Inspectors Visit Site of Alleged Chemical Weapons Attack

Marsha Scott
April 25, 2018

Inspectors from the global chemical arms watchdog Saturday took samples in the Syrian town of Douma after an alleged poison gas attack, the body said.

In a press statement, the OPCW said its team had visited one of the two sites reportedly bombed in Douma on April 7.

The US, UK and France jointly bombed Syrian military sites last Saturday in retaliation for the alleged chemical attack, which the Syrian government and its allies, Russian Federation and Iran, deny even took place.

The OPCW team had not yet been able to begin its field work in Douma, where dozens were killed in a suspected 7 April gas attack, as Western powers warned that President Bashar al-Assad's regime may have attempted to remove crucial evidence.

The OPCW in a statement said it would now evaluate and consider whether the team needs to make a second visit to Douma.

Syrian state TV had reported earlier this week the inspectors were in Douma, but in it later emerged they had not left the capital Damascus. "They were not injured and returned to Damascus".

That further delayed the worldwide weapons inspectors, who arrived in Damascus last weekend to try to determine what happened in early April.

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The Syrian government and its ally Russian Federation have denied responsibility for the attack.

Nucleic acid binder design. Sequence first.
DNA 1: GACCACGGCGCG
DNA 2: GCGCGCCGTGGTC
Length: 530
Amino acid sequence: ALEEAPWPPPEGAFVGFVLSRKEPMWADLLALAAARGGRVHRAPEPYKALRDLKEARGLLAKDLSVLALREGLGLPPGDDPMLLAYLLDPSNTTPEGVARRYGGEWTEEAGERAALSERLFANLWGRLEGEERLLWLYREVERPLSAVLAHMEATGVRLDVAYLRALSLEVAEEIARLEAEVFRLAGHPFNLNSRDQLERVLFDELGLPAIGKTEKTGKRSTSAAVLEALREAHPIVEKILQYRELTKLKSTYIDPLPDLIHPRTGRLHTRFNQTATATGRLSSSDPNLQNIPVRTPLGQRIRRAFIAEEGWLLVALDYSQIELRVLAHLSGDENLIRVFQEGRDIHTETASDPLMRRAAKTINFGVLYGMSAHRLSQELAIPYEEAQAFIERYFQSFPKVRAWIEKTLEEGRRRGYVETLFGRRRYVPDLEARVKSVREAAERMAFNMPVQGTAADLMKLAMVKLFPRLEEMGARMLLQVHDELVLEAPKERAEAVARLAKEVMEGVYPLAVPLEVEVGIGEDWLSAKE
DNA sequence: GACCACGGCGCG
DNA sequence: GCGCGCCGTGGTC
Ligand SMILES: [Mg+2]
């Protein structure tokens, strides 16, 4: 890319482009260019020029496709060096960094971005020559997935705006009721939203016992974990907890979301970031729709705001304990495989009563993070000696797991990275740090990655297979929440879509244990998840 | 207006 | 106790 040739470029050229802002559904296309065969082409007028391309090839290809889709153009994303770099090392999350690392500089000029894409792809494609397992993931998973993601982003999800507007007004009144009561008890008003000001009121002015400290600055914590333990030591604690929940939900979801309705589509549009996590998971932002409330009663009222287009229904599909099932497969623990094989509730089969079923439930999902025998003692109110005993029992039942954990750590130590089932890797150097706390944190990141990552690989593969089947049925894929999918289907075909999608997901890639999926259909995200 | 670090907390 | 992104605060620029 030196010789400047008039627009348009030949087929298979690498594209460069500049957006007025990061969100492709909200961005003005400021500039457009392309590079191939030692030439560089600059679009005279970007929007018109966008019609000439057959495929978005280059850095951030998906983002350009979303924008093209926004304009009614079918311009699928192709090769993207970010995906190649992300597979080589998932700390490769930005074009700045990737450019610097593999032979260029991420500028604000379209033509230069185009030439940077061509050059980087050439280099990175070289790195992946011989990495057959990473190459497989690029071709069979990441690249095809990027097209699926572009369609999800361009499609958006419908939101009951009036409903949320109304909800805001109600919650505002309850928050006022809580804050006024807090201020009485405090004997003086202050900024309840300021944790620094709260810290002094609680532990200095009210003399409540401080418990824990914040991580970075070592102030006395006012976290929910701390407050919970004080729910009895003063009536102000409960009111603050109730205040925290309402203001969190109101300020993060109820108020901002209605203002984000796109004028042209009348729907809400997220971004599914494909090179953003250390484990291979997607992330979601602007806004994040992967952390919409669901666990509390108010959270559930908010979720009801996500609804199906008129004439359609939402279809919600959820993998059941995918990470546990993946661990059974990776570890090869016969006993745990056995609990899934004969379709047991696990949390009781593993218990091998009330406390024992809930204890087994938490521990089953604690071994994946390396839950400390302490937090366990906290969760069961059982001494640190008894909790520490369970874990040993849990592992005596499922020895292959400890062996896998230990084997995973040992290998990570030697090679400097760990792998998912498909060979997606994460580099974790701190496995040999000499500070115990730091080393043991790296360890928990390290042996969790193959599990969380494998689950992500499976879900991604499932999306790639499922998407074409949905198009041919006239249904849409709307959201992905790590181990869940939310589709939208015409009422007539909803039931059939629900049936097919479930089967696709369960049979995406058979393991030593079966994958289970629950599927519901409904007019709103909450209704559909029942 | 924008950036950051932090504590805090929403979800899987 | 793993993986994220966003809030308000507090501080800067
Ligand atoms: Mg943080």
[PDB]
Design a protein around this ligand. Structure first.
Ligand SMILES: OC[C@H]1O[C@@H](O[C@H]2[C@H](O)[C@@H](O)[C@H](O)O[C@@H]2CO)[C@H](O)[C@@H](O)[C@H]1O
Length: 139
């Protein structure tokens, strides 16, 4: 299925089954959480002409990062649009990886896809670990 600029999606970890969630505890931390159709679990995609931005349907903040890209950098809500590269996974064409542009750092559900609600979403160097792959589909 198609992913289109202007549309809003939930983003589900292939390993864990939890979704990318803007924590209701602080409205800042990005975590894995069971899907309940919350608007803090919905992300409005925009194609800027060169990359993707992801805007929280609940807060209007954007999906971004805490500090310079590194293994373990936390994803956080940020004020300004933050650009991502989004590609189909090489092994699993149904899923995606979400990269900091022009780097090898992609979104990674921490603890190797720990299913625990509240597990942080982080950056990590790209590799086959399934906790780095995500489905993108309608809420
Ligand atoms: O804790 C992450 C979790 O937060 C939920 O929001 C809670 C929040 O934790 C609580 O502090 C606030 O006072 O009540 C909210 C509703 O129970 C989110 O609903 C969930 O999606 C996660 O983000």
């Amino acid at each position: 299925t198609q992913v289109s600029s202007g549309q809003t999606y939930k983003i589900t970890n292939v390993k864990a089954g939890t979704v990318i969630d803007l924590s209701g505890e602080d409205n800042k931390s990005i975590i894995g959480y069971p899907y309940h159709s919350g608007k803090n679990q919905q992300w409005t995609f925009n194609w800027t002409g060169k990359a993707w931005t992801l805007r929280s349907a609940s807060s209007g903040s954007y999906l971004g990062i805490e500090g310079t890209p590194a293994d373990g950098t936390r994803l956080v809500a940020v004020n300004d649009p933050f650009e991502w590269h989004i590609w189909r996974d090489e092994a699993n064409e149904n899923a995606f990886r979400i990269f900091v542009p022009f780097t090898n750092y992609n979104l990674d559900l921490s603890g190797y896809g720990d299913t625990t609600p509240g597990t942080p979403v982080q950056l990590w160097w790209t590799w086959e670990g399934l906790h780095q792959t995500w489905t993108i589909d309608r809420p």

"So, if you are in control of a site with chemicals for such a long time, it's very easy actually to tamper with the place and to change the facts on the ground".

Why do that if Assad's military forces had already won full control of the last rebel stronghold in Syria's capital city region, with an agreement, already being implemented, to ship the rebels out of the city?

The rebels surrendered after the attack, and Damascus had declared the area "clear of terrorists", its usual term for the rebels, six days ago.

Syrian government forces will take over the towns once the departures are complete.

Meanwhile, UN Security Council member states meeting in a remote farmhouse in Backakra on the southern tip of Sweden on Saturday were discussing the Syrian file and a new SC Resolution.

United Nations officials and human rights groups say the evacuations amount to a forced population displacement that may be a war crime.

Other reports by MaliBehiribAe

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